I hadn't known until this week that the White House website invites citizens to start petitions and gather signatures on line. The United States has no initiative or referendum process, so the petitions are symbolic, but they perhaps give the President some idea of what Americans are thinking.
One fresh petition has gathered some public attention. It's a petition to allow Texas to secede from the Union. It's received 114,000 signatures so far, many more than any of the other state secession petitions. (People from other states have copied the Texas petition, including its grammatical and syntactical errors, to make petitions for their own states.)
Ostensibly prepared by conservatives unhappy with the election results, a little thought shows that the Texas secession petition must in fact be a plot of the Democratic Party. Consider these facts:
1. The Defense Department spends more in Texas -- $40 billion in 2009 -- than in all but two other states.
2. The "fiscal cliff" will require automatic cuts in defense spending of $55 billion if Congress doesn't get its act together by December 31.
3. Texas has 38 of the 538 electoral votes that elect our president.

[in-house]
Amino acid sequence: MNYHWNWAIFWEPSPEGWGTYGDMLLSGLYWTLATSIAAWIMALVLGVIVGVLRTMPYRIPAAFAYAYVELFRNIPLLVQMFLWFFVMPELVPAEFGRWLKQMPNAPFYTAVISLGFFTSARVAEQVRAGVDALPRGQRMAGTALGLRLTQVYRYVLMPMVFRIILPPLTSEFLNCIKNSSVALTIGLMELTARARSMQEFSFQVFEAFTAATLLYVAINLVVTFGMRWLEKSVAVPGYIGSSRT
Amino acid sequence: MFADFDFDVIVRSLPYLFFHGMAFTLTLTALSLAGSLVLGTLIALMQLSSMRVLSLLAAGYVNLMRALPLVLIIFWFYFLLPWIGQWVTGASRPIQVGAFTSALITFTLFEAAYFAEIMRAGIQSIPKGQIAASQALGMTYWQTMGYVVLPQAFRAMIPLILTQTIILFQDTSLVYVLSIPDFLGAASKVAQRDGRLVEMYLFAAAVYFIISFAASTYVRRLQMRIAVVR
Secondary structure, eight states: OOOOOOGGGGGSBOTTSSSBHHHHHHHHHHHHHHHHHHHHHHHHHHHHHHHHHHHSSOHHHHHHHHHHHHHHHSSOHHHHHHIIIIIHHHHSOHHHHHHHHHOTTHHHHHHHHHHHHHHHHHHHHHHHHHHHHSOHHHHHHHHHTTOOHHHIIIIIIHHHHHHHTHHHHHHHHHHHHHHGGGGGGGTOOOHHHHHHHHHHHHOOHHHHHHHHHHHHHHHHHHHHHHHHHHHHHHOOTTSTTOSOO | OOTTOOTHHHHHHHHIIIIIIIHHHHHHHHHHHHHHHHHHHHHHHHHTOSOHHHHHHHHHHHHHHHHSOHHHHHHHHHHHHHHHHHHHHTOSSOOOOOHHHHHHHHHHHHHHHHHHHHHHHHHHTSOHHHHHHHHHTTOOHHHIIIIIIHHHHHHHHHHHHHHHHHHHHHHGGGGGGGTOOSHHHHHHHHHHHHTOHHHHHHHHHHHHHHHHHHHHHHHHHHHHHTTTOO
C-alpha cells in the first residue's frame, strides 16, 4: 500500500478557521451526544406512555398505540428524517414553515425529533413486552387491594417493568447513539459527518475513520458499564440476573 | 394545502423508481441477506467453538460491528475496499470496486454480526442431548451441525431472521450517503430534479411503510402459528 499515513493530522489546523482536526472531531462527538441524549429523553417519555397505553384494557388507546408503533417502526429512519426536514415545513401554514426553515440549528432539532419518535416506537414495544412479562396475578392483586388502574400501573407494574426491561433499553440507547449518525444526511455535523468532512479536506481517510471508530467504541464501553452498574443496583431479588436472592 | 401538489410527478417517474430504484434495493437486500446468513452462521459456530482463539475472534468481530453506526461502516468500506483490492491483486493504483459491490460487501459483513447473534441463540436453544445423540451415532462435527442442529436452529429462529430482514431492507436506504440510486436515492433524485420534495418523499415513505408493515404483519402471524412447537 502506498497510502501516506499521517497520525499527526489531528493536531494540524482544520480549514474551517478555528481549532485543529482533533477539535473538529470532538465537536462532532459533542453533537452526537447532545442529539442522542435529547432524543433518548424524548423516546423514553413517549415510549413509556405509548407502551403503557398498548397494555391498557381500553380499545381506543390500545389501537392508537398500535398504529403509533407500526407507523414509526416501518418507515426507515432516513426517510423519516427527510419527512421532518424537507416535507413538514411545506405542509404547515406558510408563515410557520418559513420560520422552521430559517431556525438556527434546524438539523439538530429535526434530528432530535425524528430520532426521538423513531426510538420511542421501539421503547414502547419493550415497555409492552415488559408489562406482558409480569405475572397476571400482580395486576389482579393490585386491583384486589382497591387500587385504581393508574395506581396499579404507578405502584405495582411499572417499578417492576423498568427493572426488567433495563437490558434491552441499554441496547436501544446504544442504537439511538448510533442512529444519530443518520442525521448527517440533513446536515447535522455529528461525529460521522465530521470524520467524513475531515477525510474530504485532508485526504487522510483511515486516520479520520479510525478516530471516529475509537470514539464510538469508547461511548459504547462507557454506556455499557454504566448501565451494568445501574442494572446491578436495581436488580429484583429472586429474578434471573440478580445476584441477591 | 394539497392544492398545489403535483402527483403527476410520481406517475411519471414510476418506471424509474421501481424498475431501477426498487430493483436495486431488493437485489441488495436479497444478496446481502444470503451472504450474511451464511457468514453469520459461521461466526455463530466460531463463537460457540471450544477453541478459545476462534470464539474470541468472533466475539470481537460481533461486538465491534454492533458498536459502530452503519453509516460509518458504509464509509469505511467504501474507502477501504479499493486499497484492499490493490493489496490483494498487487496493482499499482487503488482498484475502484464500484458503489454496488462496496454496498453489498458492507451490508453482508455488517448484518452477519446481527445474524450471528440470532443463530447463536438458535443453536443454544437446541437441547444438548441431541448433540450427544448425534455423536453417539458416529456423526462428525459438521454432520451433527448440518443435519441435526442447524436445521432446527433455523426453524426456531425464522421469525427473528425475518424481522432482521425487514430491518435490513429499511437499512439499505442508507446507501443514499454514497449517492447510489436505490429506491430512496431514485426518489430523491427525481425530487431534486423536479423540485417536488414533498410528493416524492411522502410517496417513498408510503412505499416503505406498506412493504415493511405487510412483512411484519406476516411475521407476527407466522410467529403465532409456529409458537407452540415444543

4. Texas last gave its electoral votes to a Democrat in 1976, when Jimmy Carter defeated Gerald Ford. Since then Texas has voted for the Republican candidate in nine straight elections.
5. Without Texas in the Union, there would be 500 electoral votes, and 251 votes would be needed to win.
6. In that case, a Democratic candidate could lose Colorado, Virginia, Ohio, and Florida (the four states that Barack Obama won last week by the closest margins), but still be elected if he or she won the states that President Obama won by wider margins, which together have 263 electoral votes.
From the Democratic Party's point of view, allowing Texas to go its own way covers most of the automatic cuts in the defense budget and locks up the party's control of the White House for years to come. It would also have the delightful side effect of perhaps giving Texans a different view of the immigration question when they're looking at the wall that the United States would build along Oklahoma's south boundary to keep them out. It may not be a coincidence that at least half the signatures on the petition are from people in other states who are willing to see Texas leave.